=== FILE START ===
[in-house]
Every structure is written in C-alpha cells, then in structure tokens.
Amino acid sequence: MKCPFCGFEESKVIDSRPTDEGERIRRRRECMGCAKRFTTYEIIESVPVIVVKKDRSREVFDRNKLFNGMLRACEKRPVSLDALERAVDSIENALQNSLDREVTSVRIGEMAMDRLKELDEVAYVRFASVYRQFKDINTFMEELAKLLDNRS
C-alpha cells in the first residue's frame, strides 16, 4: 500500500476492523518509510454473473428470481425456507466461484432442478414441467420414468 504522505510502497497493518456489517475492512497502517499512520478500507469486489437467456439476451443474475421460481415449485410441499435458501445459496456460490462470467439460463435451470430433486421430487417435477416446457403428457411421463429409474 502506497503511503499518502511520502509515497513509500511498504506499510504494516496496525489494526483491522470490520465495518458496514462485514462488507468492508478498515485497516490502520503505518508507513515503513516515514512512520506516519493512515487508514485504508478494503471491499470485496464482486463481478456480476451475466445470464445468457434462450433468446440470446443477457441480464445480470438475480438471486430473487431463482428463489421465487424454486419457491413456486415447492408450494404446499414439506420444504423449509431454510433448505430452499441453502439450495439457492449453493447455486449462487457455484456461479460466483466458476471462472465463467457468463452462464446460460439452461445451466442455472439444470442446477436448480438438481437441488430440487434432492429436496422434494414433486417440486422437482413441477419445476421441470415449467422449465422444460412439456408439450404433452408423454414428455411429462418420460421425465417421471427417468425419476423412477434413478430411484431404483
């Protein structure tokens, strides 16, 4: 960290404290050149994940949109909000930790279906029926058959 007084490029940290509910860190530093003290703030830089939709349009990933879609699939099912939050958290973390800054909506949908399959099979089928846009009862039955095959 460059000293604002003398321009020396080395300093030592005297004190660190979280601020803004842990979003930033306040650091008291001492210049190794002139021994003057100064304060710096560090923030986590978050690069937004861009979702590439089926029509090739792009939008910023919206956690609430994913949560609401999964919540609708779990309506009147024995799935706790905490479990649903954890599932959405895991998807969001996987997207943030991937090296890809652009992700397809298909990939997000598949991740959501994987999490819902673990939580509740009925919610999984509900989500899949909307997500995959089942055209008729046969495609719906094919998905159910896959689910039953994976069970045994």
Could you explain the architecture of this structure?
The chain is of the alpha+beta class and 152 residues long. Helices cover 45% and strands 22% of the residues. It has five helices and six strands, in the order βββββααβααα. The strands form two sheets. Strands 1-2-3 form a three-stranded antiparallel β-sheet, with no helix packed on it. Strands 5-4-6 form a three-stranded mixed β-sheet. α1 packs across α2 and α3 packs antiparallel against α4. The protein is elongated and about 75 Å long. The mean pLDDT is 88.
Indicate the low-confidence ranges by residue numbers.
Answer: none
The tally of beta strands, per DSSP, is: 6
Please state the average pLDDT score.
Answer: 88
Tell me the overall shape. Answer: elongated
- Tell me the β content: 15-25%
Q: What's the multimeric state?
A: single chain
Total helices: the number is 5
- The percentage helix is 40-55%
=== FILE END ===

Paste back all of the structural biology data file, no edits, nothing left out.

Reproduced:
[in-house]
Every structure is written in C-alpha cells, then in structure tokens.
Amino acid sequence: MKCPFCGFEESKVIDSRPTDEGERIRRRRECMGCAKRFTTYEIIESVPVIVVKKDRSREVFDRNKLFNGMLRACEKRPVSLDALERAVDSIENALQNSLDREVTSVRIGEMAMDRLKELDEVAYVRFASVYRQFKDINTFMEELAKLLDNRS
C-alpha cells in the first residue's frame, strides 16, 4: 500500500476492523518509510454473473428470481425456507466461484432442478414441467420414468 504522505510502497497493518456489517475492512497502517499512520478500507469486489437467456439476451443474475421460481415449485410441499435458501445459496456460490462470467439460463435451470430433486421430487417435477416446457403428457411421463429409474 502506497503511503499518502511520502509515497513509500511498504506499510504494516496496525489494526483491522470490520465495518458496514462485514462488507468492508478498515485497516490502520503505518508507513515503513516515514512512520506516519493512515487508514485504508478494503471491499470485496464482486463481478456480476451475466445470464445468457434462450433468446440470446443477457441480464445480470438475480438471486430473487431463482428463489421465487424454486419457491413456486415447492408450494404446499414439506420444504423449509431454510433448505430452499441453502439450495439457492449453493447455486449462487457455484456461479460466483466458476471462472465463467457468463452462464446460460439452461445451466442455472439444470442446477436448480438438481437441488430440487434432492429436496422434494414433486417440486422437482413441477419445476421441470415449467422449465422444460412439456408439450404433452408423454414428455411429462418420460421425465417421471427417468425419476423412477434413478430411484431404483
């Protein structure tokens, strides 16, 4: 960290404290050149994940949109909000930790279906029926058959 007084490029940290509910860190530093003290703030830089939709349009990933879609699939099912939050958290973390800054909506949908399959099979089928846009009862039955095959 460059000293604002003398321009020396080395300093030592005297004190660190979280601020803004842990979003930033306040650091008291001492210049190794002139021994003057100064304060710096560090923030986590978050690069937004861009979702590439089926029509090739792009939008910023919206956690609430994913949560609401999964919540609708779990309506009147024995799935706790905490479990649903954890599932959405895991998807969001996987997207943030991937090296890809652009992700397809298909990939997000598949991740959501994987999490819902673990939580509740009925919610999984509900989500899949909307997500995959089942055209008729046969495609719906094919998905159910896959689910039953994976069970045994």
Could you explain the architecture of this structure?
The chain is of the alpha+beta class and 152 residues long. Helices cover 45% and strands 22% of the residues. It has five helices and six strands, in the order βββββααβααα. The strands form two sheets. Strands 1-2-3 form a three-stranded antiparallel β-sheet, with no helix packed on it. Strands 5-4-6 form a three-stranded mixed β-sheet. α1 packs across α2 and α3 packs antiparallel against α4. The protein is elongated and about 75 Å long. The mean pLDDT is 88.
Indicate the low-confidence ranges by residue numbers.
Answer: none
The tally of beta strands, per DSSP, is: 6
Please state the average pLDDT score.
Answer: 88
Tell me the overall shape. Answer: elongated
- Tell me the β content: 15-25%
Q: What's the multimeric state?
A: single chain
Total helices: the number is 5
- The percentage helix is 40-55%